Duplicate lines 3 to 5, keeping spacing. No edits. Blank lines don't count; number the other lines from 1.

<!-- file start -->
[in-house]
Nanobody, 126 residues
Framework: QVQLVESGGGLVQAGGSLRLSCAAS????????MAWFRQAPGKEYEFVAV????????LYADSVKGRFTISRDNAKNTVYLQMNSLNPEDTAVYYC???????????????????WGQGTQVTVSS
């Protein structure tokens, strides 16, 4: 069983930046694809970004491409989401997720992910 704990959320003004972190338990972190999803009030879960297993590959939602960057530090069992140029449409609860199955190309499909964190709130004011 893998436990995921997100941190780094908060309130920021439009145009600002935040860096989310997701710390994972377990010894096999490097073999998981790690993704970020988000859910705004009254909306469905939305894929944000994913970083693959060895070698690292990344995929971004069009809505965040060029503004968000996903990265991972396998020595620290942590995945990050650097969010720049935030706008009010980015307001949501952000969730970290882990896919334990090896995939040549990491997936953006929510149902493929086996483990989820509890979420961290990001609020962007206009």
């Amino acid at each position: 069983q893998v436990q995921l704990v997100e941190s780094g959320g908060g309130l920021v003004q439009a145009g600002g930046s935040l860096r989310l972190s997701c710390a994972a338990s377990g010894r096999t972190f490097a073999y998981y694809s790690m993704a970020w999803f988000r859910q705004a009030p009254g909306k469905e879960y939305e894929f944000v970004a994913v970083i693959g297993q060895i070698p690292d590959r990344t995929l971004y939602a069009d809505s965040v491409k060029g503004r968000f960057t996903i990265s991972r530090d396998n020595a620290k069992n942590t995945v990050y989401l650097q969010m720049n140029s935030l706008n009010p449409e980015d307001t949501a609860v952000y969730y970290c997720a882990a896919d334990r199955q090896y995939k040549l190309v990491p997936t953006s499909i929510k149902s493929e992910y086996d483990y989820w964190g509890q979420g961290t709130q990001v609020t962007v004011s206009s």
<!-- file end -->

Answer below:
Framework: QVQLVESGGGLVQAGGSLRLSCAAS????????MAWFRQAPGKEYEFVAV????????LYADSVKGRFTISRDNAKNTVYLQMNSLNPEDTAVYYC???????????????????WGQGTQVTVSS
């Protein structure tokens, strides 16, 4: 069983930046694809970004491409989401997720992910 704990959320003004972190338990972190999803009030879960297993590959939602960057530090069992140029449409609860199955190309499909964190709130004011 893998436990995921997100941190780094908060309130920021439009145009600002935040860096989310997701710390994972377990010894096999490097073999998981790690993704970020988000859910705004009254909306469905939305894929944000994913970083693959060895070698690292990344995929971004069009809505965040060029503004968000996903990265991972396998020595620290942590995945990050650097969010720049935030706008009010980015307001949501952000969730970290882990896919334990090896995939040549990491997936953006929510149902493929086996483990989820509890979420961290990001609020962007206009």
């Amino acid at each position: 069983q893998v436990q995921l704990v997100e941190s780094g959320g908060g309130l920021v003004q439009a145009g600002g930046s935040l860096r989310l972190s997701c710390a994972a338990s377990g010894r096999t972190f490097a073999y998981y694809s790690m993704a970020w999803f988000r859910q705004a009030p009254g909306k469905e879960y939305e894929f944000v970004a994913v970083i693959g297993q060895i070698p690292d590959r990344t995929l971004y939602a069009d809505s965040v491409k060029g503004r968000f960057t996903i990265s991972r530090d396998n020595a620290k069992n942590t995945v990050y989401l650097q969010m720049n140029s935030l706008n009010p449409e980015d307001t949501a609860v952000y969730y970290c997720a882990a896919d334990r199955q090896y995939k040549l190309v990491p997936t953006s499909i929510k149902s493929e992910y086996d483990y989820w964190g509890q979420g961290t709130q990001v609020t962007v004011s206009s």